For the second main topic, we considered the positivity of increased sharing and connectivity.  Apps such as Seesaw as used by Regina Public Schools increase timely and specific feedback to parents regarding their child’s development and daily activity.  When I started doing Student Led Conferences about 10-12 years ago, I had the students create a presentation from the program Adobe Portfolio.  Students inserted photos or videos with reflective responses about their work. On conference day, parents would come to meet with us, and students would stand at the SMARTBoard and share their learning.  We would then save the presentation on a USB to be sent home. Parents and students both loved it, as they were able to share a more authentic look into our daily happenings at school, and they also had a keepsake of their year with me. Things have evolved since then, with apps like SeeSaw, where parents can receive almost instant information shared with them.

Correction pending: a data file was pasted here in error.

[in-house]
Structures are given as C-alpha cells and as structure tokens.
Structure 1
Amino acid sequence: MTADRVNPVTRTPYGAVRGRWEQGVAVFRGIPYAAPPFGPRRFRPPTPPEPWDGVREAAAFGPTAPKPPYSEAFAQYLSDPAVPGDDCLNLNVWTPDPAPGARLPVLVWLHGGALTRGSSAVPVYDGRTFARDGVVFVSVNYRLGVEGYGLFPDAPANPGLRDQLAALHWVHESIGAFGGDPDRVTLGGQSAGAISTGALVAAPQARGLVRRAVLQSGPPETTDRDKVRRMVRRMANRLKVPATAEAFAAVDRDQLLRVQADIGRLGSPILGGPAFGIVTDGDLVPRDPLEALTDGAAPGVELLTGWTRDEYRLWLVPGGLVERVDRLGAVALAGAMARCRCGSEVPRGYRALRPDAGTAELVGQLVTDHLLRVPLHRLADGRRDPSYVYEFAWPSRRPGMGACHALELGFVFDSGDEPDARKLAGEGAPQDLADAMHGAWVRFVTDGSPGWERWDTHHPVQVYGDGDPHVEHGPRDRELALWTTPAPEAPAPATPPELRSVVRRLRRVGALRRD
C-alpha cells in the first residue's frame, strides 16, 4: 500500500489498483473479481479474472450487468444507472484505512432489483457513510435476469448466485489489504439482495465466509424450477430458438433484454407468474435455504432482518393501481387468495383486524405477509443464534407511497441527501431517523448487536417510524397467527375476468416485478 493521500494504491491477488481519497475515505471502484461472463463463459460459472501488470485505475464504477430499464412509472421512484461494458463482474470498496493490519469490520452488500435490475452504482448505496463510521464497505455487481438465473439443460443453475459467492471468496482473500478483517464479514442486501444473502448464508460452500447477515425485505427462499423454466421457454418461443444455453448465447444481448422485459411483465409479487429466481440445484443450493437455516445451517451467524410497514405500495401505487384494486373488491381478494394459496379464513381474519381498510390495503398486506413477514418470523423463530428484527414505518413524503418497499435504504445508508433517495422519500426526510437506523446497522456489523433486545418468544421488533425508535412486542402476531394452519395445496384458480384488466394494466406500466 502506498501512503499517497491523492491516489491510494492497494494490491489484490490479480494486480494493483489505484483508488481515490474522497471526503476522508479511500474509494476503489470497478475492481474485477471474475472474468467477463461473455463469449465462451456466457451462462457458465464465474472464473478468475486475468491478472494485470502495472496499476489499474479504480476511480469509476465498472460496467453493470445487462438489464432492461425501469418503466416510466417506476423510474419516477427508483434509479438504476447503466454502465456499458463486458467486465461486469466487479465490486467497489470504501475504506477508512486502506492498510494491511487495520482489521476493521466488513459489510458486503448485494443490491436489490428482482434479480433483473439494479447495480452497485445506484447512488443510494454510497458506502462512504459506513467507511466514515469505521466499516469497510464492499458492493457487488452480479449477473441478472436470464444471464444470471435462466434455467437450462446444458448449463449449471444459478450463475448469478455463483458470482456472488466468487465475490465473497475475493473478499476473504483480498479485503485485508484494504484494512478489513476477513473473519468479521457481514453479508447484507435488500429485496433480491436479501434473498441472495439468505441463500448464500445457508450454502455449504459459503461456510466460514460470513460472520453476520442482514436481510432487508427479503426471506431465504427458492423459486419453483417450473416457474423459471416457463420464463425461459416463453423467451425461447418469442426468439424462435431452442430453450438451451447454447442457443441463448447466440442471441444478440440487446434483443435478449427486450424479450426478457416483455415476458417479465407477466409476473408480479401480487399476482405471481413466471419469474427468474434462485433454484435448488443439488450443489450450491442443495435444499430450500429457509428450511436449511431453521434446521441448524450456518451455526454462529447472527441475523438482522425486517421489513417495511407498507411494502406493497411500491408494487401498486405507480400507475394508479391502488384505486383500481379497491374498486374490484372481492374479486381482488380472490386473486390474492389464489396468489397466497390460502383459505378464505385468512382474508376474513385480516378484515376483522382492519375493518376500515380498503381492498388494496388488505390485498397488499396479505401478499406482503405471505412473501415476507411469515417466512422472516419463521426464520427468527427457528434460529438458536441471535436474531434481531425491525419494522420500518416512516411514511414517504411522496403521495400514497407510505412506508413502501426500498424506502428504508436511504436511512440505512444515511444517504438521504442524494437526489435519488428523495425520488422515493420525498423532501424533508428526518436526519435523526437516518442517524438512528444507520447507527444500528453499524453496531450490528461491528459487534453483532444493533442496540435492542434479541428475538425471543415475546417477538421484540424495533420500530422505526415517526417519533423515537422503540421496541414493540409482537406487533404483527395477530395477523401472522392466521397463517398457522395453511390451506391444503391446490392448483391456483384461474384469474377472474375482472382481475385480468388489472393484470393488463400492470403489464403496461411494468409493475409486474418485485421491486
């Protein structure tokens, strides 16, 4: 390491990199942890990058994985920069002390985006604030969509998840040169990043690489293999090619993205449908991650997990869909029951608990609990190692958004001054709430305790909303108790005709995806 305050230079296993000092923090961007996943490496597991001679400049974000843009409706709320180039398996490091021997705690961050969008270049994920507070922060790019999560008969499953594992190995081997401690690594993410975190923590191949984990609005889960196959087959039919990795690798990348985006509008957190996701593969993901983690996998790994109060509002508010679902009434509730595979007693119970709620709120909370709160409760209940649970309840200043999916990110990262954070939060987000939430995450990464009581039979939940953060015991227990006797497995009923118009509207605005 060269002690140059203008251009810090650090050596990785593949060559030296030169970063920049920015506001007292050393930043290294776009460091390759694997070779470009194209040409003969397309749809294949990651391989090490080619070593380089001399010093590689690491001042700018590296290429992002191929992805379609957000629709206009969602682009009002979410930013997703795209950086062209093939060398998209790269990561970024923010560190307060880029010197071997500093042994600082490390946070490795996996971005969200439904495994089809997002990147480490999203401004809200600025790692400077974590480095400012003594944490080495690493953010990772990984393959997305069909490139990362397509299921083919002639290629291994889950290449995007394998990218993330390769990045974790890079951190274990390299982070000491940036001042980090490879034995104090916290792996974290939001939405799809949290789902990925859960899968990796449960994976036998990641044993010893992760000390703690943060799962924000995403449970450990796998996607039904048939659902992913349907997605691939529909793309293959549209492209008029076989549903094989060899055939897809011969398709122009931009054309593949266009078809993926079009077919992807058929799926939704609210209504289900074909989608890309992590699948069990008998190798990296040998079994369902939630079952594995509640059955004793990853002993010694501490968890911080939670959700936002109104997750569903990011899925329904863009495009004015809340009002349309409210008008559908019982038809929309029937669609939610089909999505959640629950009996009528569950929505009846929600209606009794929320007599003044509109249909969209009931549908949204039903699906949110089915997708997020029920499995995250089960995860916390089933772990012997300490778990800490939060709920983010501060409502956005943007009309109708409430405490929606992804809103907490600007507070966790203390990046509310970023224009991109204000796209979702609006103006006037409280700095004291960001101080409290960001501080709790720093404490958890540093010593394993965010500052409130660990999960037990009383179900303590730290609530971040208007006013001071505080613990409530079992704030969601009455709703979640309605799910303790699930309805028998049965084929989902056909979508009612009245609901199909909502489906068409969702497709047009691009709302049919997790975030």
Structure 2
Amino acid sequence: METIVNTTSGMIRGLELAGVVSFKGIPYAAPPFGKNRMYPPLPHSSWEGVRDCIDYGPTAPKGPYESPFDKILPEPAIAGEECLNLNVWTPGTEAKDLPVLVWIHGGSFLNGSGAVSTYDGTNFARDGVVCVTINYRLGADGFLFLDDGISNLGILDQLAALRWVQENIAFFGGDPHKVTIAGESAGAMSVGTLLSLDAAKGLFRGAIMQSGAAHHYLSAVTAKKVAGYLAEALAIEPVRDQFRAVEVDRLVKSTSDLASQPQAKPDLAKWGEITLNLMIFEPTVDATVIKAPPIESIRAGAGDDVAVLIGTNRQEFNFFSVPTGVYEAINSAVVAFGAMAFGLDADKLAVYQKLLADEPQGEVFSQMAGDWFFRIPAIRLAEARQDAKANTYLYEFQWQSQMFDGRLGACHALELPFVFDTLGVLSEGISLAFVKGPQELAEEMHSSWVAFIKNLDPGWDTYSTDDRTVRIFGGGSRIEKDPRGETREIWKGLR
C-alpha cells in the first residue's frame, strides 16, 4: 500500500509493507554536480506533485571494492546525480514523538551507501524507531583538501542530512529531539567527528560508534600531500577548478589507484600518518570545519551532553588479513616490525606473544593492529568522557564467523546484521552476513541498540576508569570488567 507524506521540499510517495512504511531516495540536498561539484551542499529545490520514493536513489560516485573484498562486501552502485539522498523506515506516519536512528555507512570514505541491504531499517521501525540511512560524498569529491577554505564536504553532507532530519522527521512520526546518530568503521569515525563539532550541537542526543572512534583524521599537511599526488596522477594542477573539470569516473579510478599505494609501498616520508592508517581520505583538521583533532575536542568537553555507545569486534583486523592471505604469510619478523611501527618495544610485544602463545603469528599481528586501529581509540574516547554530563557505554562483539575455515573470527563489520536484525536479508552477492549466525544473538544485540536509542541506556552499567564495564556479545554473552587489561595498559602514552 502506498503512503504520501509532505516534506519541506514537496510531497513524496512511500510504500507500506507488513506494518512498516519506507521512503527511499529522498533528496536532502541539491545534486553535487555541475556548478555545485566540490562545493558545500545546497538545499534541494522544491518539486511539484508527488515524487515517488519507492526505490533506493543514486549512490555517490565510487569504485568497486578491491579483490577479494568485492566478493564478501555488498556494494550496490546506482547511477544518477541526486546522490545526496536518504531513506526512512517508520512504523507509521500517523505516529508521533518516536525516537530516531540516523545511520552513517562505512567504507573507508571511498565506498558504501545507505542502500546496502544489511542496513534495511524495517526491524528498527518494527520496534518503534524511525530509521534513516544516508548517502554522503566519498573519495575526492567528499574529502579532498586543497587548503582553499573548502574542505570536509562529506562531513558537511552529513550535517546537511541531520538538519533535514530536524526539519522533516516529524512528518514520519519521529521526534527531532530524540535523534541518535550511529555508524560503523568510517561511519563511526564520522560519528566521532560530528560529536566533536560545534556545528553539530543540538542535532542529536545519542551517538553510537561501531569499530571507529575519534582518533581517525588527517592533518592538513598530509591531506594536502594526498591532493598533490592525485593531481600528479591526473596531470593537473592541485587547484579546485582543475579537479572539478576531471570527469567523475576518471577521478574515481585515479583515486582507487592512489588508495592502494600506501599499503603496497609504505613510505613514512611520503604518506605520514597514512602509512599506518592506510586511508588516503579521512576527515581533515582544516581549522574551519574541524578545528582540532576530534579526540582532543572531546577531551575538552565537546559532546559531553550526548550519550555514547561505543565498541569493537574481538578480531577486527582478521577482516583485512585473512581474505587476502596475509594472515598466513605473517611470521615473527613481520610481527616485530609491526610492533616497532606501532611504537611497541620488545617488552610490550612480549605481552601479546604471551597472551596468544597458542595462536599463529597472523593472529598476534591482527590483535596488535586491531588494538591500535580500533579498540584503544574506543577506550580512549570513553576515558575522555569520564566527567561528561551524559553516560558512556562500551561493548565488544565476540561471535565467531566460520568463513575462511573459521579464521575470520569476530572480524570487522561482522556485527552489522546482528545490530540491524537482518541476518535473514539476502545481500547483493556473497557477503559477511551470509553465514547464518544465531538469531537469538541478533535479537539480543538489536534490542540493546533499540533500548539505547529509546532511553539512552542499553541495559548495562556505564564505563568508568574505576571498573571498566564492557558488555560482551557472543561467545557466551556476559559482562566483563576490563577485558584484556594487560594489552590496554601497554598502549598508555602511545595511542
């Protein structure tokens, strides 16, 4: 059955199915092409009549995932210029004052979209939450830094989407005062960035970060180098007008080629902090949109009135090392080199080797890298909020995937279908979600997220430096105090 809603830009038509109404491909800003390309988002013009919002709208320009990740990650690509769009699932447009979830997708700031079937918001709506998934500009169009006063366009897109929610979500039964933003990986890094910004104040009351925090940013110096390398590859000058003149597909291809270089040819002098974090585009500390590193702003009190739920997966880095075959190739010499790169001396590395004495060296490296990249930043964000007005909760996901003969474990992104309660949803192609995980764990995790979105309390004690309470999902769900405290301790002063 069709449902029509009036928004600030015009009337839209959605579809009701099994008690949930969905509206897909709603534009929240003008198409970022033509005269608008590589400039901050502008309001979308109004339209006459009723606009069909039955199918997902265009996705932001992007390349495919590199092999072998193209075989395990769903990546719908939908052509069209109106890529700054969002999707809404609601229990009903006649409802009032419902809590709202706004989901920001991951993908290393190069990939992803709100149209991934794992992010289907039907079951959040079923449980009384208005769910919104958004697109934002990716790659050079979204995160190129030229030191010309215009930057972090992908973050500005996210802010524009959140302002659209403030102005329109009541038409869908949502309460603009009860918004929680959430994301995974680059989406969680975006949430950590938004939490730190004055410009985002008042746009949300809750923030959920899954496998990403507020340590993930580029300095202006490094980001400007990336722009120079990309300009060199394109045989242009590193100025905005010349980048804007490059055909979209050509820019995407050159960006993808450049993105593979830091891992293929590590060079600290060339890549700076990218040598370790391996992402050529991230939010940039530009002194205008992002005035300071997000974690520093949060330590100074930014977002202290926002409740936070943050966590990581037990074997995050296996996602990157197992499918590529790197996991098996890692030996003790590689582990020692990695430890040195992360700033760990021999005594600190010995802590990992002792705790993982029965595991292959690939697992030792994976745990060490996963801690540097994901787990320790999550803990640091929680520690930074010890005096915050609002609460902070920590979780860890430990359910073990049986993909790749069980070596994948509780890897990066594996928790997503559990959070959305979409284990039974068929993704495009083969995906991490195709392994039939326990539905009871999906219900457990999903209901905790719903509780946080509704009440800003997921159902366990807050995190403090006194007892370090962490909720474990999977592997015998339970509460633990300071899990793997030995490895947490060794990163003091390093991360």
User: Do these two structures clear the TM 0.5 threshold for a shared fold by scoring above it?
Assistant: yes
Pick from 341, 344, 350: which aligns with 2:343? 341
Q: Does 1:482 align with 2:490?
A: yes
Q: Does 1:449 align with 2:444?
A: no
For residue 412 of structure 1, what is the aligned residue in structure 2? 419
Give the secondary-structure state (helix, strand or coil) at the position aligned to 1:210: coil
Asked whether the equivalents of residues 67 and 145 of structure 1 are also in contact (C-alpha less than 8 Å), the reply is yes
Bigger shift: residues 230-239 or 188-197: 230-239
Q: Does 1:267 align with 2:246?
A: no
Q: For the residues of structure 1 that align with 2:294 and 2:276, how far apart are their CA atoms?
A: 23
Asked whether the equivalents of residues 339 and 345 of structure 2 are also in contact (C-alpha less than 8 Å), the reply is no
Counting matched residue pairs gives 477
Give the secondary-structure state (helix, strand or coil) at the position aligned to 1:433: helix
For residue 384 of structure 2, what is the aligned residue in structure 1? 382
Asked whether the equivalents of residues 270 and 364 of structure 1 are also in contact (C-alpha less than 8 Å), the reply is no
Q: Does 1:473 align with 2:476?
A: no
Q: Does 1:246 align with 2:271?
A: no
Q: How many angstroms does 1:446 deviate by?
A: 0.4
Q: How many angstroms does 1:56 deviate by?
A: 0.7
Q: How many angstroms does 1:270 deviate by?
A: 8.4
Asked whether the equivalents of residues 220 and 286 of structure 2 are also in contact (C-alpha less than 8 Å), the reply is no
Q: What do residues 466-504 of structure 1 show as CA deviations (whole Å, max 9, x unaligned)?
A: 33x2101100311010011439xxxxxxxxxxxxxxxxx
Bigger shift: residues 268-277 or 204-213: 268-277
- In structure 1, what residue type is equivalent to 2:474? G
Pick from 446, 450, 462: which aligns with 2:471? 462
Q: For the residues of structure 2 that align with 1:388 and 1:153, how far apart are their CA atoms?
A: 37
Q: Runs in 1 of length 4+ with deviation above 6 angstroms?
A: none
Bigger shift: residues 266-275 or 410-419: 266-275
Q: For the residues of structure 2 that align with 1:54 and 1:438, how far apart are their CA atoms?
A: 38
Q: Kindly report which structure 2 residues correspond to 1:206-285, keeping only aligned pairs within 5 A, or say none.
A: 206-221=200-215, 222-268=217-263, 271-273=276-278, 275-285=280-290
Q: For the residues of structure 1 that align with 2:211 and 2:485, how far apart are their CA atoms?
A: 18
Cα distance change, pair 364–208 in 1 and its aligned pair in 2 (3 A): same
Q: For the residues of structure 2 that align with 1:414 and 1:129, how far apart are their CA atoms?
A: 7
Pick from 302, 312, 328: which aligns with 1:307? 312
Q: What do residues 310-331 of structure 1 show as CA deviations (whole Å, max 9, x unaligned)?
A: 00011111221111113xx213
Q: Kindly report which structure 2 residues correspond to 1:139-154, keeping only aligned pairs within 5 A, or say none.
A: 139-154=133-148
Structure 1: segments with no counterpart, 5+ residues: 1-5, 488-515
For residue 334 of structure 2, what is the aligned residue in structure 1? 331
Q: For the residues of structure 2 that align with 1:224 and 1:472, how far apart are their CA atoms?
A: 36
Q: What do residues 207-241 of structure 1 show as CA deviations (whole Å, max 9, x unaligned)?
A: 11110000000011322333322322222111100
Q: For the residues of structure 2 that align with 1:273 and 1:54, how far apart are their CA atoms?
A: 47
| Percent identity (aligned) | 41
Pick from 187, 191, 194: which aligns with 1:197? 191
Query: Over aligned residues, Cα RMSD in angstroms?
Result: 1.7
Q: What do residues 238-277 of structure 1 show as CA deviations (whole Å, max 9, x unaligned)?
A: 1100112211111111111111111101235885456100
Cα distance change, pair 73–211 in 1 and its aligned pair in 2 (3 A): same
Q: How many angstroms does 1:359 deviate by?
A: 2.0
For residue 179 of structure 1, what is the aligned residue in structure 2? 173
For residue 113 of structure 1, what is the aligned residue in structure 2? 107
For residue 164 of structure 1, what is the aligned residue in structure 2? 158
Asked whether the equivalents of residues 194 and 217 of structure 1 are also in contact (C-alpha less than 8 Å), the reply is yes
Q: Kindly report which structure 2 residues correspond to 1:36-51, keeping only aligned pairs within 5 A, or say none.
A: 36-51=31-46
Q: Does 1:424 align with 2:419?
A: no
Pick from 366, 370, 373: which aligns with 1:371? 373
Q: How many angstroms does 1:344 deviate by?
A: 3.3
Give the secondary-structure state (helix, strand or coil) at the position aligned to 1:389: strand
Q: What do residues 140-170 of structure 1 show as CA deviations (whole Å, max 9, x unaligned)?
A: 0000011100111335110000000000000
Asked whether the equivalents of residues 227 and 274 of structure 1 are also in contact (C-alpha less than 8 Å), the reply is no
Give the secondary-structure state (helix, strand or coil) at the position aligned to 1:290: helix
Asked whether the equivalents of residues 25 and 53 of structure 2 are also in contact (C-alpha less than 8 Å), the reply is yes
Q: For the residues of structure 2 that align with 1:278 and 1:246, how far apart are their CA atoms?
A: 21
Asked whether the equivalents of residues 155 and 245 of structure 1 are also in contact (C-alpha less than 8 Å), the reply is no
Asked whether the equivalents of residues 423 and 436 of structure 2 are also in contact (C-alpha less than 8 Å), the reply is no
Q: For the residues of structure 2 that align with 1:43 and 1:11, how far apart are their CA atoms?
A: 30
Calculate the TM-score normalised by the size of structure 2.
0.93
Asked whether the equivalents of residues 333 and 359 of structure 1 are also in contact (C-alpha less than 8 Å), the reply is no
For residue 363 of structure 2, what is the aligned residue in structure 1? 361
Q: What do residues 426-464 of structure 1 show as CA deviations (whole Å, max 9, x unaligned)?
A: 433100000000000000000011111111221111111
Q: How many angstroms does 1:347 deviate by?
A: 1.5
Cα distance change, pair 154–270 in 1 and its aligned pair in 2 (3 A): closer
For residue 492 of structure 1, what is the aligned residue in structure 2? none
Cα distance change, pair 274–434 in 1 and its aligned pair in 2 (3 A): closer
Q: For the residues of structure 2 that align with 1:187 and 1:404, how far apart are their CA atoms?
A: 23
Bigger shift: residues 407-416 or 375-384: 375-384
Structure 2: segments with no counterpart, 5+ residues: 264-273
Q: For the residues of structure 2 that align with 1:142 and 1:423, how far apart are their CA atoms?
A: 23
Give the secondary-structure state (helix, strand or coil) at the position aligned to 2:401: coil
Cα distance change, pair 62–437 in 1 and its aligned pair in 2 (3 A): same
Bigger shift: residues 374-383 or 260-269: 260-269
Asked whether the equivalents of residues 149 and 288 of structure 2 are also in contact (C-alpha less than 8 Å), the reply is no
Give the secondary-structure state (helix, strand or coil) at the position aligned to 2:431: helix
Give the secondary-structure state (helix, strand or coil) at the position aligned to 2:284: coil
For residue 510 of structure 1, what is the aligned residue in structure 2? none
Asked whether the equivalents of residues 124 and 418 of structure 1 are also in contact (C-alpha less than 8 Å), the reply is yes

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Connectivity, in my mind, makes sharing more fair for students as parents get a bigger and broader picture of what is happening in relation to their child at school.  As well, students can be more aware that parents will have a more comprehensive understanding about what their school lives are like, rather than the minimalist snapshot of a report card or interview.

Finally, and probably most importantly, is that sharing in and from schools helps students to create a positive digital footprint.  Since it is practically inevitable that all students will have some kind of digital footprint, we believe that direct teaching and modelling about what should be shared and how it should be shared is critical learning for students.